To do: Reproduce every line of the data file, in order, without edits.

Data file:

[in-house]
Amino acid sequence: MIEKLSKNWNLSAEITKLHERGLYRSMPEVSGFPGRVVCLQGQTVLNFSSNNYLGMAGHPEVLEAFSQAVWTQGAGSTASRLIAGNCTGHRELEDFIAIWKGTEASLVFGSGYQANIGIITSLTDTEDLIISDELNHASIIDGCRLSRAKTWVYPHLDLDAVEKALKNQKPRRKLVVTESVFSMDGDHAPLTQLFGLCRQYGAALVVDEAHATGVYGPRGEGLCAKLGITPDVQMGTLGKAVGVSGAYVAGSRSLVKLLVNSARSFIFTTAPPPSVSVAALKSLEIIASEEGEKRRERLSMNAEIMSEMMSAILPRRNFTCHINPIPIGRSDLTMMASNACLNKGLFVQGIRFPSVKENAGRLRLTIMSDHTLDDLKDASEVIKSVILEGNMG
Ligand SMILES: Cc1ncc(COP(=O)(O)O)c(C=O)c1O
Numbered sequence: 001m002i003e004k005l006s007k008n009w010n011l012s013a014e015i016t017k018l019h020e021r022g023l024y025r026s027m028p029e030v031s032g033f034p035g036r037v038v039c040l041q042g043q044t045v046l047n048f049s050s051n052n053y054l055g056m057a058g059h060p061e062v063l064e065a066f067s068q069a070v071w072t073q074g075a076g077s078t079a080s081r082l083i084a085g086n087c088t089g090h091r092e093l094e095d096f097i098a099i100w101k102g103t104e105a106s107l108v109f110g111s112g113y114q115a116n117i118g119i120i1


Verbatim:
[in-house]
Amino acid sequence: MIEKLSKNWNLSAEITKLHERGLYRSMPEVSGFPGRVVCLQGQTVLNFSSNNYLGMAGHPEVLEAFSQAVWTQGAGSTASRLIAGNCTGHRELEDFIAIWKGTEASLVFGSGYQANIGIITSLTDTEDLIISDELNHASIIDGCRLSRAKTWVYPHLDLDAVEKALKNQKPRRKLVVTESVFSMDGDHAPLTQLFGLCRQYGAALVVDEAHATGVYGPRGEGLCAKLGITPDVQMGTLGKAVGVSGAYVAGSRSLVKLLVNSARSFIFTTAPPPSVSVAALKSLEIIASEEGEKRRERLSMNAEIMSEMMSAILPRRNFTCHINPIPIGRSDLTMMASNACLNKGLFVQGIRFPSVKENAGRLRLTIMSDHTLDDLKDASEVIKSVILEGNMG
Ligand SMILES: Cc1ncc(COP(=O)(O)O)c(C=O)c1O
Numbered sequence: 001m002i003e004k005l006s007k008n009w010n011l012s013a014e015i016t017k018l019h020e021r022g023l024y025r026s027m028p029e030v031s032g033f034p035g036r037v038v039c040l041q042g043q044t045v046l047n048f049s050s051n052n053y054l055g056m057a058g059h060p061e062v063l064e065a066f067s068q069a070v071w072t073q074g075a076g077s078t079a080s081r082l083i084a085g086n087c088t089g090h091r092e093l094e095d096f097i098a099i100w101k102g103t104e105a106s107l108v109f110g111s112g113y114q115a116n117i118g119i120i1